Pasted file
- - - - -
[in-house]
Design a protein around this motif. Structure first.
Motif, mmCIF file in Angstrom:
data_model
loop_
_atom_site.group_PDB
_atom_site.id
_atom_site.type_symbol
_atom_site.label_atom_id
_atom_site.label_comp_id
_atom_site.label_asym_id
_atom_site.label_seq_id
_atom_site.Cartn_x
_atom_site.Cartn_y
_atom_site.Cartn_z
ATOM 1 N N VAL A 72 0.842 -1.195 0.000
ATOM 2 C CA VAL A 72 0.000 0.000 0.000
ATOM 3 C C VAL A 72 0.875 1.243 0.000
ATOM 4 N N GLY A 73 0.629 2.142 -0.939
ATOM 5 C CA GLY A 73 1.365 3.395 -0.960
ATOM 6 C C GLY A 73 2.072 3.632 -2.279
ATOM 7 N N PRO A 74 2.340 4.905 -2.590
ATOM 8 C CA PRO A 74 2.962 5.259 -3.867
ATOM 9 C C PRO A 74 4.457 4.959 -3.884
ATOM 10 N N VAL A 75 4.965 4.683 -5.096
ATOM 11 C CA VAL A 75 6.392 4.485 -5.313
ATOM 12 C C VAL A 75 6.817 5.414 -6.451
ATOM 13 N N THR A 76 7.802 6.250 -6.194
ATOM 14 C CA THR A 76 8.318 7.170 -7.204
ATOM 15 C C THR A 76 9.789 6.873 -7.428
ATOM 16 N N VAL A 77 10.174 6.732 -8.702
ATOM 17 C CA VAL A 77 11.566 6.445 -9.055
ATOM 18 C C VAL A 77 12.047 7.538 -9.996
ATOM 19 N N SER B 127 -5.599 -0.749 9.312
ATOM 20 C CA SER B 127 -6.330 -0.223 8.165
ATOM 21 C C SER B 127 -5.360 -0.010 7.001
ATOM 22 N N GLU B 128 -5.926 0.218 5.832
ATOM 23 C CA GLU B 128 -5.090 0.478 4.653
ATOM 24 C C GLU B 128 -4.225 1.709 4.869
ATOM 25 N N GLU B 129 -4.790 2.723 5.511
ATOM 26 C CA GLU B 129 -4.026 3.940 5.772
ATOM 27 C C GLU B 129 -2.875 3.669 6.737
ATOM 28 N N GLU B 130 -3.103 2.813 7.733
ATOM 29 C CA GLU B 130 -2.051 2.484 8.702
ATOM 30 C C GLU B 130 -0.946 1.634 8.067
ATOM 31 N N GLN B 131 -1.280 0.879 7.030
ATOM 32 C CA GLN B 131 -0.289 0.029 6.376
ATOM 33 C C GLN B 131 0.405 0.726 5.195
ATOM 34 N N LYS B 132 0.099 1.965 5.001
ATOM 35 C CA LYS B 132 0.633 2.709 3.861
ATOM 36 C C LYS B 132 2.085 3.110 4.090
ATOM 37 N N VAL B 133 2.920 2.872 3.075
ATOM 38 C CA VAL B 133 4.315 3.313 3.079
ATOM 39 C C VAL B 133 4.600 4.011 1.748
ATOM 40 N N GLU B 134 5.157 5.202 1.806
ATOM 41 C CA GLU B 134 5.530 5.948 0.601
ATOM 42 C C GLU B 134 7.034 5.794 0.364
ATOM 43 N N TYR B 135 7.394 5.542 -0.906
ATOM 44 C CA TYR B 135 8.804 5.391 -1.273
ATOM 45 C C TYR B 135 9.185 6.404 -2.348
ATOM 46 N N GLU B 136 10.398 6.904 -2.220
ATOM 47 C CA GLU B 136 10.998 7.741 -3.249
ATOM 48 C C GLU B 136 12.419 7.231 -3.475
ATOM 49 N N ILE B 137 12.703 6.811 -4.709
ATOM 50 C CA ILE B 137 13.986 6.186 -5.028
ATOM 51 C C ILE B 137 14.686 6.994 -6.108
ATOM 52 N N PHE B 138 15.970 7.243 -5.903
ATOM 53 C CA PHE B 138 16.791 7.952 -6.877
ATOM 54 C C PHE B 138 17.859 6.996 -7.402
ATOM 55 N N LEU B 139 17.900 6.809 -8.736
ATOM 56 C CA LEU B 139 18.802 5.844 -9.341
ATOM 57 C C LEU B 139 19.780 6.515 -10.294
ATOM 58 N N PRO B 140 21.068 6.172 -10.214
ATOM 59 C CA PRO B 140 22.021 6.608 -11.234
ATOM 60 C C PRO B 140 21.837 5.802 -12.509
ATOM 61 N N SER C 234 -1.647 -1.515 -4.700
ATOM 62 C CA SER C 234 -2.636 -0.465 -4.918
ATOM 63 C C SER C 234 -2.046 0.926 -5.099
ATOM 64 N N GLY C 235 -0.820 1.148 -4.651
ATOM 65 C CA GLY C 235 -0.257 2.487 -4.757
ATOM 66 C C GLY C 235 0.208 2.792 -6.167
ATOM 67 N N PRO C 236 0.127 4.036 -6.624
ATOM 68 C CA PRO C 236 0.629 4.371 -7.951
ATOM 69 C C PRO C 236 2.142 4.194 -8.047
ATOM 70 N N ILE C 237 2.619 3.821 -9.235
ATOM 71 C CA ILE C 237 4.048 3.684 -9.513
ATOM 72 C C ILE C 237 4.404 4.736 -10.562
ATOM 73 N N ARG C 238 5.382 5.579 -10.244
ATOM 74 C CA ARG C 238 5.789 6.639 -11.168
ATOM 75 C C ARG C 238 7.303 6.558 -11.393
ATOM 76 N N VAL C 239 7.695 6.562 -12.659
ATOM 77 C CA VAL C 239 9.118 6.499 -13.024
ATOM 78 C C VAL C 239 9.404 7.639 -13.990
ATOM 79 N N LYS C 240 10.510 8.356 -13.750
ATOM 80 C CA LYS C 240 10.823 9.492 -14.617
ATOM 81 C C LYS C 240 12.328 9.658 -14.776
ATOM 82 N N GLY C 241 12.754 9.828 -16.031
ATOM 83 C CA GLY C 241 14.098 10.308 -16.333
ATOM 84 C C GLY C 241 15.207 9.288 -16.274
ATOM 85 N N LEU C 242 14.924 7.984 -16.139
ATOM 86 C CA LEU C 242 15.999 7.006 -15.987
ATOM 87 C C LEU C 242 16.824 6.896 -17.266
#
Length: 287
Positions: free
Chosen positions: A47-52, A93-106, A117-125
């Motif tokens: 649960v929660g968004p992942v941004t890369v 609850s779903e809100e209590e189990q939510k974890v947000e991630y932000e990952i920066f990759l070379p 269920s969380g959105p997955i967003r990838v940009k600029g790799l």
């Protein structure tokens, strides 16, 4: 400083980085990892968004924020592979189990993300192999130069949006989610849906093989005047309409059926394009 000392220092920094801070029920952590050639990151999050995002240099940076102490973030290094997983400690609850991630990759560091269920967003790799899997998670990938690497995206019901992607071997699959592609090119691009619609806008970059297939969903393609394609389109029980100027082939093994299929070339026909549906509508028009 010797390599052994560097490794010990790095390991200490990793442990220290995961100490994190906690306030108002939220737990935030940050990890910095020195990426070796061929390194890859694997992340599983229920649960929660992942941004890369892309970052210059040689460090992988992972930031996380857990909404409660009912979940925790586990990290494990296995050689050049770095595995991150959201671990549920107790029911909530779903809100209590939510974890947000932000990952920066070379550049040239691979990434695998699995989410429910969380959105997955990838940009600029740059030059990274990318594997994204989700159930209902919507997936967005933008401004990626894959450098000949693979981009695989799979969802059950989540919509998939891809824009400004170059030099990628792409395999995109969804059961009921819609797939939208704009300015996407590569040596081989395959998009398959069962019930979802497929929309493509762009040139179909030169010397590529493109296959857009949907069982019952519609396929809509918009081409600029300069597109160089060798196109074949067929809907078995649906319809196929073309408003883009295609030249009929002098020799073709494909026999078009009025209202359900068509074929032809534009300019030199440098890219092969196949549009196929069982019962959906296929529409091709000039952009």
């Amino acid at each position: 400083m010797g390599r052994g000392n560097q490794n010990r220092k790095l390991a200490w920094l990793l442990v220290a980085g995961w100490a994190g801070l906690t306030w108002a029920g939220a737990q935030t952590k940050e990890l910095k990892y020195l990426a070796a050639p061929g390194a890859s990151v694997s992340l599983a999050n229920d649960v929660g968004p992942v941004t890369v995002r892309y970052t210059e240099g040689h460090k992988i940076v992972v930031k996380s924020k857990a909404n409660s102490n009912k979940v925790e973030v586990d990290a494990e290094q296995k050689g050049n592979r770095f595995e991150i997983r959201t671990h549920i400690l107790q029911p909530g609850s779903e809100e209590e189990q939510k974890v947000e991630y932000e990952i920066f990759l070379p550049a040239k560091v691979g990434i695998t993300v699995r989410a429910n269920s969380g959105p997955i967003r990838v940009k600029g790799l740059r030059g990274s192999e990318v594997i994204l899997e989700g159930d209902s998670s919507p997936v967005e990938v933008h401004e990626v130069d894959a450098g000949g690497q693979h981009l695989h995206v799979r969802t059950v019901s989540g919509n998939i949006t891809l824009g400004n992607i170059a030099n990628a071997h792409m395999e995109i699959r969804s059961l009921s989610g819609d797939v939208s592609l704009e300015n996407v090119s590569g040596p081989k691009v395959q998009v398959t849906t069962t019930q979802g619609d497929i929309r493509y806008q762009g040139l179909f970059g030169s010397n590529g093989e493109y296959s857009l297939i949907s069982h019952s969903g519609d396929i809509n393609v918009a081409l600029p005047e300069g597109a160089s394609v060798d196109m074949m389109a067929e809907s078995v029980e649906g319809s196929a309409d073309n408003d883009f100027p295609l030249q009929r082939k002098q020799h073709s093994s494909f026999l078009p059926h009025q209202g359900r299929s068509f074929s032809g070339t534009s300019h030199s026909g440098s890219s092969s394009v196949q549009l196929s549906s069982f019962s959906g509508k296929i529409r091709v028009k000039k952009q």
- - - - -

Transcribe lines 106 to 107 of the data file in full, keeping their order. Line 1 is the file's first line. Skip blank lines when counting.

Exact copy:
Chosen positions: A47-52, A93-106, A117-125
């Motif tokens: 649960v929660g968004p992942v941004t890369v 609850s779903e809100e209590e189990q939510k974890v947000e991630y932000e990952i920066f990759l070379p 269920s969380g959105p997955i967003r990838v940009k600029g790799l």